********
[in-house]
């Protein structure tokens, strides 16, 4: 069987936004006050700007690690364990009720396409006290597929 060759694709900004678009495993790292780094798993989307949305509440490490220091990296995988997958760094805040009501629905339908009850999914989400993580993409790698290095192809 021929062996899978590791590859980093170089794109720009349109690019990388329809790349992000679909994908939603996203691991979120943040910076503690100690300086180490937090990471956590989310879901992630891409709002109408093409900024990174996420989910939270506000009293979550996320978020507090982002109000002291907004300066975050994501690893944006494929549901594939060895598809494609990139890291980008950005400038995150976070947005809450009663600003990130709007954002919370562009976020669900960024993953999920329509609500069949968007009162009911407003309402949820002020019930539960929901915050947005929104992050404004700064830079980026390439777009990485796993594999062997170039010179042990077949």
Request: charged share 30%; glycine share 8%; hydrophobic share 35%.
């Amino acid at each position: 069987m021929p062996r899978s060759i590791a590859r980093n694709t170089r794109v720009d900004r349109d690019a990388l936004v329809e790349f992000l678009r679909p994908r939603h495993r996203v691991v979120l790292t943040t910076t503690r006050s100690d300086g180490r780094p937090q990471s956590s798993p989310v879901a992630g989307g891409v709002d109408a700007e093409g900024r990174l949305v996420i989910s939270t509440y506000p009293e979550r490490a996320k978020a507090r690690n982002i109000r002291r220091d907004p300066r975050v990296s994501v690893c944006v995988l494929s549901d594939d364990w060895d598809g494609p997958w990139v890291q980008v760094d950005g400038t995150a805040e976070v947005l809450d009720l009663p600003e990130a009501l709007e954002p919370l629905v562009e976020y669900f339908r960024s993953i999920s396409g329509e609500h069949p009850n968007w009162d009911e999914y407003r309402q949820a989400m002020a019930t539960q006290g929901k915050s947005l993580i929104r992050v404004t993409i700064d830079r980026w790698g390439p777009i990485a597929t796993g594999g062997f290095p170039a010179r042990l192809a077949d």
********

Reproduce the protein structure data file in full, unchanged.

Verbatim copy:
[in-house]
């Protein structure tokens, strides 16, 4: 069987936004006050700007690690364990009720396409006290597929 060759694709900004678009495993790292780094798993989307949305509440490490220091990296995988997958760094805040009501629905339908009850999914989400993580993409790698290095192809 021929062996899978590791590859980093170089794109720009349109690019990388329809790349992000679909994908939603996203691991979120943040910076503690100690300086180490937090990471956590989310879901992630891409709002109408093409900024990174996420989910939270506000009293979550996320978020507090982002109000002291907004300066975050994501690893944006494929549901594939060895598809494609990139890291980008950005400038995150976070947005809450009663600003990130709007954002919370562009976020669900960024993953999920329509609500069949968007009162009911407003309402949820002020019930539960929901915050947005929104992050404004700064830079980026390439777009990485796993594999062997170039010179042990077949």
Request: charged share 30%; glycine share 8%; hydrophobic share 35%.
């Amino acid at each position: 069987m021929p062996r899978s060759i590791a590859r980093n694709t170089r794109v720009d900004r349109d690019a990388l936004v329809e790349f992000l678009r679909p994908r939603h495993r996203v691991v979120l790292t943040t910076t503690r006050s100690d300086g180490r780094p937090q990471s956590s798993p989310v879901a992630g989307g891409v709002d109408a700007e093409g900024r990174l949305v996420i989910s939270t509440y506000p009293e979550r490490a996320k978020a507090r690690n982002i109000r002291r220091d907004p300066r975050v990296s994501v690893c944006v995988l494929s549901d594939d364990w060895d598809g494609p997958w990139v890291q980008v760094d950005g400038t995150a805040e976070v947005l809450d009720l009663p600003e990130a009501l709007e954002p919370l629905v562009e976020y669900f339908r960024s993953i999920s396409g329509e609500h069949p009850n968007w009162d009911e999914y407003r309402q949820a989400m002020a019930t539960q006290g929901k915050s947005l993580i929104r992050v404004t993409i700064d830079r980026w790698g390439p777009i990485a597929t796993g594999g062997f290095p170039a010179r042990l192809a077949d």